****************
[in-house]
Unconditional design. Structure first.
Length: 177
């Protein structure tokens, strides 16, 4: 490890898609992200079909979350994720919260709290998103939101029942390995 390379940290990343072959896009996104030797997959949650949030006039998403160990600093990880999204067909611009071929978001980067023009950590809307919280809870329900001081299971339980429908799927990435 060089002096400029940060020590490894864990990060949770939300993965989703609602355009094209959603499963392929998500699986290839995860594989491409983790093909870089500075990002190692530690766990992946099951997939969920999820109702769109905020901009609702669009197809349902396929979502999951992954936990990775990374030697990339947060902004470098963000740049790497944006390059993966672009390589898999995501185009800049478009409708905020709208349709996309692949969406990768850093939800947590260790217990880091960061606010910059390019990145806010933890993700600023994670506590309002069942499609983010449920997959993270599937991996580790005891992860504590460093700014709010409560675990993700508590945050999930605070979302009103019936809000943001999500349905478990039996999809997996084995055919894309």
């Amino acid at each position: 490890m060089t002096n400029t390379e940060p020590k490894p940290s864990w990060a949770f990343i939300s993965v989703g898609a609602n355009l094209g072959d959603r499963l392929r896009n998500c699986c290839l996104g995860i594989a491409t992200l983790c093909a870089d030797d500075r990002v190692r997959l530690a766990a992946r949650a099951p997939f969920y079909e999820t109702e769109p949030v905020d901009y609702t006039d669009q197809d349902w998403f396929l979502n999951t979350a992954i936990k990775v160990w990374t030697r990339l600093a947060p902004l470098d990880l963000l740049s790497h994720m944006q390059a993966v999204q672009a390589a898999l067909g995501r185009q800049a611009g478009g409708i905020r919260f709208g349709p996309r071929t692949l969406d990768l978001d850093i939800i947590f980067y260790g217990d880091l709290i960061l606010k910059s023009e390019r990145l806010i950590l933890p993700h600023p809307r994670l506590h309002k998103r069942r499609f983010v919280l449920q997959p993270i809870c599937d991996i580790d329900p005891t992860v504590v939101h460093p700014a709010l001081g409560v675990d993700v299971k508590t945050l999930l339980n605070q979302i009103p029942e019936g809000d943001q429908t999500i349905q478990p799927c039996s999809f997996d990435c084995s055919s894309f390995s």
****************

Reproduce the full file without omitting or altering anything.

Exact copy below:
[in-house]
Unconditional design. Structure first.
Length: 177
């Protein structure tokens, strides 16, 4: 490890898609992200079909979350994720919260709290998103939101029942390995 390379940290990343072959896009996104030797997959949650949030006039998403160990600093990880999204067909611009071929978001980067023009950590809307919280809870329900001081299971339980429908799927990435 060089002096400029940060020590490894864990990060949770939300993965989703609602355009094209959603499963392929998500699986290839995860594989491409983790093909870089500075990002190692530690766990992946099951997939969920999820109702769109905020901009609702669009197809349902396929979502999951992954936990990775990374030697990339947060902004470098963000740049790497944006390059993966672009390589898999995501185009800049478009409708905020709208349709996309692949969406990768850093939800947590260790217990880091960061606010910059390019990145806010933890993700600023994670506590309002069942499609983010449920997959993270599937991996580790005891992860504590460093700014709010409560675990993700508590945050999930605070979302009103019936809000943001999500349905478990039996999809997996084995055919894309």
């Amino acid at each position: 490890m060089t002096n400029t390379e940060p020590k490894p940290s864990w990060a949770f990343i939300s993965v989703g898609a609602n355009l094209g072959d959603r499963l392929r896009n998500c699986c290839l996104g995860i594989a491409t992200l983790c093909a870089d030797d500075r990002v190692r997959l530690a766990a992946r949650a099951p997939f969920y079909e999820t109702e769109p949030v905020d901009y609702t006039d669009q197809d349902w998403f396929l979502n999951t979350a992954i936990k990775v160990w990374t030697r990339l600093a947060p902004l470098d990880l963000l740049s790497h994720m944006q390059a993966v999204q672009a390589a898999l067909g995501r185009q800049a611009g478009g409708i905020r919260f709208g349709p996309r071929t692949l969406d990768l978001d850093i939800i947590f980067y260790g217990d880091l709290i960061l606010k910059s023009e390019r990145l806010i950590l933890p993700h600023p809307r994670l506590h309002k998103r069942r499609f983010v919280l449920q997959p993270i809870c599937d991996i580790d329900p005891t992860v504590v939101h460093p700014a709010l001081g409560v675990d993700v299971k508590t945050l999930l339980n605070q979302i009103p029942e019936g809000d943001q429908t999500i349905q478990p799927c039996s999809f997996d990435c084995s055919s894309f390995s």